Calls are mounting within the ruling ANC for Economic Freedom Fighters (EFF) leader Julius Malema to be brought back to the ailing organisation. And the chorus of voices calling on Luthuli House to set aside Malema’s expulsion has been made louder by an ANC branch in Limpopo.
The EFF leader was expelled in 2012 for allegedly sowing division and bringing the party into disrepute. Based in Malema’s hometown of Seshego outside Polokwane, the Milo Malatjie branch also wants the ruling party to drop its treason charges against Malema.
Chairperson Boy Mamabolo confirmed yesterday his branch had, at a meeting two weeks ago, resolved that Malema should be reinstated to the ANC because he was a “good leader”. He said the branch would write a letter to ANC secretary-general Gwede Mantashe after “engaging” Malema.
Mamabolo said the fiery leader’s reinstatement would “boost” the ANC in the upcoming local government elections and far beyond. “I know I am one of the people who celebrated his expulsion from the ANC,” Mamabolo told The Citizen.
“It was a big mistake. That guy is a good mobiliser and a leader by birth.” Asked how he would convince Malema to return to the ANC, Mamabolo replied: “I will talk to him because I am the only person he can listen to at the moment. If push comes to shove, we will talk to Mama Winnie Madikizela-Mandela because he has a soft spot for Mama Winnie.”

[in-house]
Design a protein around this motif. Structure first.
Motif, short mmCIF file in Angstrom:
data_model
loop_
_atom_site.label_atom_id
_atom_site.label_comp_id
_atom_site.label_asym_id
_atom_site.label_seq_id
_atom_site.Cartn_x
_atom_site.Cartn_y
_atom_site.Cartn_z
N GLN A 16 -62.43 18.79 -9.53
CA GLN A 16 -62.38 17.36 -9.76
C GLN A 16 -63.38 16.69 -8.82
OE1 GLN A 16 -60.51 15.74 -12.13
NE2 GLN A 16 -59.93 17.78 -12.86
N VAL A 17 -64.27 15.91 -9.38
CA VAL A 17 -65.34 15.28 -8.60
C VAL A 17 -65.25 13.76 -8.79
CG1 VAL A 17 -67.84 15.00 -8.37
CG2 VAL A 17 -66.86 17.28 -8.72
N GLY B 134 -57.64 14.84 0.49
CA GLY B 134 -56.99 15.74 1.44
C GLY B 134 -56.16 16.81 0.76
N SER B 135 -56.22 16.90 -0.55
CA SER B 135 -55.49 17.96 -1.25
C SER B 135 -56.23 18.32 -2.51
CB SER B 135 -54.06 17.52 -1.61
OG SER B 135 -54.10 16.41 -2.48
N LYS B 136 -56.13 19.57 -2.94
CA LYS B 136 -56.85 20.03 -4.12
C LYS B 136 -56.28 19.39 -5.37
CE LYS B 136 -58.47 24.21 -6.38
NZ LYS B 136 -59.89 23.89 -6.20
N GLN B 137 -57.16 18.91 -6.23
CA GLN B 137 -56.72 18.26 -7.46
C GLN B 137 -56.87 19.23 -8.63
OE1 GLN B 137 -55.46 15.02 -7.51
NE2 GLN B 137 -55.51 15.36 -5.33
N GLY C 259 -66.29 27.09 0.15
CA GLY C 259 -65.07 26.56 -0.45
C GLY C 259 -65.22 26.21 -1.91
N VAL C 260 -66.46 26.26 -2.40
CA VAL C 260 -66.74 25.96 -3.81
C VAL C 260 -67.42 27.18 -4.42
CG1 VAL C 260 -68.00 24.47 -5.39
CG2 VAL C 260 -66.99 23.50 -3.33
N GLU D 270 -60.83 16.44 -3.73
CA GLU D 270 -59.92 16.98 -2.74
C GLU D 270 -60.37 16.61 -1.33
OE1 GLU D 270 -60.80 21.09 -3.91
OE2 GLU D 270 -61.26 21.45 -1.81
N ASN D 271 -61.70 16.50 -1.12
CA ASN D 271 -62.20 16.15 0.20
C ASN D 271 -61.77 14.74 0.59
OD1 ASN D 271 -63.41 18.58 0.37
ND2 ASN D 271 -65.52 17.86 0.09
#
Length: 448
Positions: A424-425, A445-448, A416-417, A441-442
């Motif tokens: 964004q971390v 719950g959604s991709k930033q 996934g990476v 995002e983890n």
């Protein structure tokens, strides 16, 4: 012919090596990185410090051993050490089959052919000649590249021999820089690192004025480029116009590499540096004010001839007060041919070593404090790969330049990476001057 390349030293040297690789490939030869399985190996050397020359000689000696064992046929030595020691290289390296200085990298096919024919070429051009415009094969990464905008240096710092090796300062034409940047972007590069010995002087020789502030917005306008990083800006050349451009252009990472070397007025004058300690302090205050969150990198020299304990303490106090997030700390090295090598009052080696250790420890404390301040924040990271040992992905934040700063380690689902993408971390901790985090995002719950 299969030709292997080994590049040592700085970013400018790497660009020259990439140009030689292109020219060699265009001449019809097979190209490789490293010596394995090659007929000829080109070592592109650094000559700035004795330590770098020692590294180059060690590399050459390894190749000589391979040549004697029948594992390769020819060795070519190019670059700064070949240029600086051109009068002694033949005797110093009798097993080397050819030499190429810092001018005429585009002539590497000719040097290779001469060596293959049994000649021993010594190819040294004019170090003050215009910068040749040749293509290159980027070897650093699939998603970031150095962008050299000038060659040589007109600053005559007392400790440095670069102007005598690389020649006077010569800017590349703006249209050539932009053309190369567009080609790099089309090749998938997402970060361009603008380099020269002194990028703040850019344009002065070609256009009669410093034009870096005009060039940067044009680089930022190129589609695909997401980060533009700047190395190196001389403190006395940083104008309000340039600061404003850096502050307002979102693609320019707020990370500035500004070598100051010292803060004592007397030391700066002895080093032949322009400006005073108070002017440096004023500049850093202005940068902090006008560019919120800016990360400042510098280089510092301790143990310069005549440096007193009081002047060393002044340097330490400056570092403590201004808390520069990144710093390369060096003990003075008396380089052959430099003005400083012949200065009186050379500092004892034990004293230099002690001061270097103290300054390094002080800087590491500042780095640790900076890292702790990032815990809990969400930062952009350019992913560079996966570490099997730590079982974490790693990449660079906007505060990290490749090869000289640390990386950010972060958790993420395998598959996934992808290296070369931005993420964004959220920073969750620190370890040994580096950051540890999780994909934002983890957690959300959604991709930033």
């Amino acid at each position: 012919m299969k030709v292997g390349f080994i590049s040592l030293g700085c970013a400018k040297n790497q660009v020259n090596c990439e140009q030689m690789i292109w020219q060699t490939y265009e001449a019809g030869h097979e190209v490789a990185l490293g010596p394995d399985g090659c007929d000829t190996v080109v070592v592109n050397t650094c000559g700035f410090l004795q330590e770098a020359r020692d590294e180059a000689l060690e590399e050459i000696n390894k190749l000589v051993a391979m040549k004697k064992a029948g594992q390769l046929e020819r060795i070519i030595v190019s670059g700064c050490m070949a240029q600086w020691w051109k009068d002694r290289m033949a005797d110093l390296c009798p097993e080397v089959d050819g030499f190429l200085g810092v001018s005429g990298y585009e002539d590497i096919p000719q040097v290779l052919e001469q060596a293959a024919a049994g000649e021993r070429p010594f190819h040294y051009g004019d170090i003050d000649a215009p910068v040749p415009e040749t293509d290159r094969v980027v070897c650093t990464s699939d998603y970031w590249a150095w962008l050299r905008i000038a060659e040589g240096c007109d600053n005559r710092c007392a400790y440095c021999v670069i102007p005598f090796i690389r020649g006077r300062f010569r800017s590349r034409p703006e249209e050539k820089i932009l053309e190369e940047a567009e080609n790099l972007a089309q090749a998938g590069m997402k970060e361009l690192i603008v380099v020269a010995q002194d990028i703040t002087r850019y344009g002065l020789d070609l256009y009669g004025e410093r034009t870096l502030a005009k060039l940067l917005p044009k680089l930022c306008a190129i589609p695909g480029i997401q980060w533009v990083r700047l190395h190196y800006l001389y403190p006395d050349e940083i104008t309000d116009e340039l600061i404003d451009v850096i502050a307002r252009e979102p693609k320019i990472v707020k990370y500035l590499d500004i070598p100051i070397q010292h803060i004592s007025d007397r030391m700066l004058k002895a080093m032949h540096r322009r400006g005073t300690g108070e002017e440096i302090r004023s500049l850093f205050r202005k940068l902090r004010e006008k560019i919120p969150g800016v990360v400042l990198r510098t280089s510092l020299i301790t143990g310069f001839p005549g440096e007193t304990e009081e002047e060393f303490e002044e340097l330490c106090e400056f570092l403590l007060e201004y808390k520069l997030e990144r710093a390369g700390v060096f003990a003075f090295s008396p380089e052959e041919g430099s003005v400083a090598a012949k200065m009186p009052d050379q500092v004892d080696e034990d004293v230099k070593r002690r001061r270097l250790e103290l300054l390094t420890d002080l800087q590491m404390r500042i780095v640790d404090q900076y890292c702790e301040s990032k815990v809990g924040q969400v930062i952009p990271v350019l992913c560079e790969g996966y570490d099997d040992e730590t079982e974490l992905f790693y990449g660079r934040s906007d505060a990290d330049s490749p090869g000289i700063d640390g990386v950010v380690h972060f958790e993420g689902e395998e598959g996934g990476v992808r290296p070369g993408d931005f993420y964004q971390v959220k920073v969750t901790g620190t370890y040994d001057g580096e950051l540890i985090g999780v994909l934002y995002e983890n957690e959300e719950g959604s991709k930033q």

But Mantashe yesterday said the ANC could not be expected to respond to “the idea of one branch” when it had more than 4 000. “I don’t know whether that branch is in good standing because there were no elections held,” Mantashe said.
“A branch of the ANC, which is genuine, will know what to do if it has an idea.” ANC veteran and national executive committee member Ruth Bhengu recently said the expulsion of Malema from the ANC and the recall of former president Thabo Mbeki were the party’s biggest mistakes. That was because those sympathising with them ended up opposing the party.
A few weeks ago, Tshwane mayor Kgosientso Ramokgopa said the EFF’s growing popularity posed a threat to the ANC in the region going into the August poll. He said Malema’s expulsion was a mistake that had come back to haunt the party, as the EFF may eat into ANC votes.
Political analyst Elvis Masoga said Malema would soon return to the ruling party’s fold. “The only stumbling block for his return is President Jacob Zuma,” Masoga said.
But judging by the support Malema’s party enjoys, Masoga’s prediction is unlikely. Mamabolo said Malema’s treason charges would make him more popular. “[They] will inspire a lot more people to sympathise with him,” he said. “Malema is still young. He will go to prison, and when he comes back, take over this country.”
The ANC laid charges against Malema following his remarks on news channel Al Jazeera that his party was ready to take up arms if necessary to “change this government”. Mamabolo said Nelson Mandela was arrested in 1956 on treason charges, which made him “very” popular.
ANC Limpopo spokesperson Khumbudzo Ntshavheni said Malema was not a member of the ANC and had not applied for his expulsion to be lifted. “Those who know the ANC are familiar with the fact members join voluntarily and as individuals,” Ntshavheni said.